by Sandra Sermons, Chair, International Relations Committee
As a consummate world traveler, I am constantly comparing the differences in countries. It is those observations which serve as the impetus for this month’s theme. For example, back in 1992, I was living in the Czech Republic. Here in the United States, the Americans with Disabilities Act was in its infancy, and we were having difficulty getting drivers to announce the stops. Meanwhile, in a country that was considered by some to be backward because of its membership in the Eastern Bloc, every stop on the bus, tram, and Metro was announced. In addition, their bill denominations could easily be determined simply by using a piece of plastic costing less than 5 cents.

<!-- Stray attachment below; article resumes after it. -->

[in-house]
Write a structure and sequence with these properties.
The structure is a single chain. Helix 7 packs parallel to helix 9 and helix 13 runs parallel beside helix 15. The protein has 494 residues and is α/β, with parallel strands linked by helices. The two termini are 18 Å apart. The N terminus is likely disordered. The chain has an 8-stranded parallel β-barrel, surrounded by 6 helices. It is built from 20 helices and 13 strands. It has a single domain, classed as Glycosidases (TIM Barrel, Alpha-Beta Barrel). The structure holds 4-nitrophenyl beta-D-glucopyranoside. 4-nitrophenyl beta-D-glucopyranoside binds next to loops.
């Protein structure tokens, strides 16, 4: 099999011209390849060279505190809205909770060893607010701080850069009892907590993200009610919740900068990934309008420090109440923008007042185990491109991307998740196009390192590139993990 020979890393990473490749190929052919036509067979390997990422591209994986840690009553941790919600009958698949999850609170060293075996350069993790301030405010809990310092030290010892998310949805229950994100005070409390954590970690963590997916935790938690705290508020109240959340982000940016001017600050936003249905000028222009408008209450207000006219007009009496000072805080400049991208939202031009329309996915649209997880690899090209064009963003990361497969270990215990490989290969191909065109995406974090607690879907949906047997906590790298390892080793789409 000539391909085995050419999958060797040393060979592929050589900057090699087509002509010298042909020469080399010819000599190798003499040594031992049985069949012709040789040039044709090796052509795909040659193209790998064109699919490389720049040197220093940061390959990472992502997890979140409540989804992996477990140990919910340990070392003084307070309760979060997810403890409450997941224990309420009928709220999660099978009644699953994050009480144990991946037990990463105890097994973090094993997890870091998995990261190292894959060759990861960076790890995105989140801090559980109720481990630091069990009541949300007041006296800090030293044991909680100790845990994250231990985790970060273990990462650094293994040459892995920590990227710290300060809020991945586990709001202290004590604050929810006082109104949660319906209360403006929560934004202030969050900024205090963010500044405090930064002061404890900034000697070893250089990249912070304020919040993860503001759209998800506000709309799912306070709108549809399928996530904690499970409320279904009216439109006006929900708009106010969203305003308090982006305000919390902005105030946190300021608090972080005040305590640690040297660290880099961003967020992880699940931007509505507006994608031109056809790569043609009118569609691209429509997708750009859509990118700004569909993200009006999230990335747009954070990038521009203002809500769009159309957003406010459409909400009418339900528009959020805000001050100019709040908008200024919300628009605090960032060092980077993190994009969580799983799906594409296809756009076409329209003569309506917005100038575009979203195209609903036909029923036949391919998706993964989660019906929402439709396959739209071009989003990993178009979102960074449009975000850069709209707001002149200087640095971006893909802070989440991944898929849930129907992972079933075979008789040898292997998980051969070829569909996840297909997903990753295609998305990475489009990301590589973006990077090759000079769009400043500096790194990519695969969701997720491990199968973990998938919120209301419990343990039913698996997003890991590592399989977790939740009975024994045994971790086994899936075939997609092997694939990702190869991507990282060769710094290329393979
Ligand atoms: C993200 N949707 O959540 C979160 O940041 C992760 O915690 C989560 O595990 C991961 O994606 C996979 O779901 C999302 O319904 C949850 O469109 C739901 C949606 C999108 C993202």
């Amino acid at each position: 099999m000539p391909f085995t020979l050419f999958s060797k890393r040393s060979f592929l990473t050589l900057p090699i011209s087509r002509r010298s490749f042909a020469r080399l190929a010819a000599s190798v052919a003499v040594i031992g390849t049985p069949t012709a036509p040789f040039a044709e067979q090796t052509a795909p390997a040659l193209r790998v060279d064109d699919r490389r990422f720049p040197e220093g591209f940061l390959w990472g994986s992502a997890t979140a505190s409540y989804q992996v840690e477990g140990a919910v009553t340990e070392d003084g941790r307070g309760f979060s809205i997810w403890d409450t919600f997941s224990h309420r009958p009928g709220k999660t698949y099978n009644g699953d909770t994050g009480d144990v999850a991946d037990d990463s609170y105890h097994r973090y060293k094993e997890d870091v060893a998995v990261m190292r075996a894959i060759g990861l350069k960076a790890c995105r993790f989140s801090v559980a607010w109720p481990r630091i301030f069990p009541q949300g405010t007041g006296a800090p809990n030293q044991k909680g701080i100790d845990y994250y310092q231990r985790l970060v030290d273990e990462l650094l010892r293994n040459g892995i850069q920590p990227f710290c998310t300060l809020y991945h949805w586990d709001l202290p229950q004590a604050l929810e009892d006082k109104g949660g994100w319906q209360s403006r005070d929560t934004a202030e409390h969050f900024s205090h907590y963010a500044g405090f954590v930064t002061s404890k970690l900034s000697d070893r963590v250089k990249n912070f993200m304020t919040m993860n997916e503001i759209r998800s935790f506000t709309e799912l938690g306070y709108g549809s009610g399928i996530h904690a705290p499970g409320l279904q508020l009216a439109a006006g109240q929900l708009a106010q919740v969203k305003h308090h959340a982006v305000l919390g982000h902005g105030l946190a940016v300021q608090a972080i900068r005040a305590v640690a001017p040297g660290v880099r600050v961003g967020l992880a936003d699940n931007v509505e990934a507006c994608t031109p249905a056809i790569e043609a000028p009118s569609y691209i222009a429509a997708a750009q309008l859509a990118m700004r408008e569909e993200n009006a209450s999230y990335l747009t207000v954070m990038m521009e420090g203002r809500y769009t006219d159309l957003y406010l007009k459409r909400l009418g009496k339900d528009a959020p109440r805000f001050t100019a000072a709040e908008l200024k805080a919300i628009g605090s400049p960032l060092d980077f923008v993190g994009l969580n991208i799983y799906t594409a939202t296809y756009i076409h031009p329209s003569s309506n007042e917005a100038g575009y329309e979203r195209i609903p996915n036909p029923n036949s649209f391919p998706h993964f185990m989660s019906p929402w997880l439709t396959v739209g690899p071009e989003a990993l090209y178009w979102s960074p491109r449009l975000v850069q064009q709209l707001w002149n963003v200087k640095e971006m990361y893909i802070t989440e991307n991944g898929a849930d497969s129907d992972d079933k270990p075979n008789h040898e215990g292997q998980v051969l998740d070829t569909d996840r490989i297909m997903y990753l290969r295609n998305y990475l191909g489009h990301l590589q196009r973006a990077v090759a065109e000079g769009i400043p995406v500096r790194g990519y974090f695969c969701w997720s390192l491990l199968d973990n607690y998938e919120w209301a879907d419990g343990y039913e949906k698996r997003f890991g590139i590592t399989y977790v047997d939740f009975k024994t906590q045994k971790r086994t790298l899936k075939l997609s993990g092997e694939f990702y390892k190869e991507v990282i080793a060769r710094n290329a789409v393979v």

Here in this country, we have certain protocols with respect to which items in a museum’s exhibits may be touched. However, in Paris, I was able to touch almost everything. This included many items in Victor Hugo’s house, including the inkwell of Alexander Dumas. I might add that this was done without gloves.
My point is simply this: in developed nations, the prevailing myth is that people who are blind live in a utopia. After all, we have the equipment, the services … Yet the reality is that our unemployment rate is 70%, despite major legislation and a rehabilitation system which has spent billions of dollars. In developing countries, where there are limited resources, the indomitable spirit still lives. Not only that, people who are blind or have low vision have still found ways to not just exist but to live, thrive, and persevere. So, come with me on this journey. Please remember to bring an open mind with you, and tell me what you think.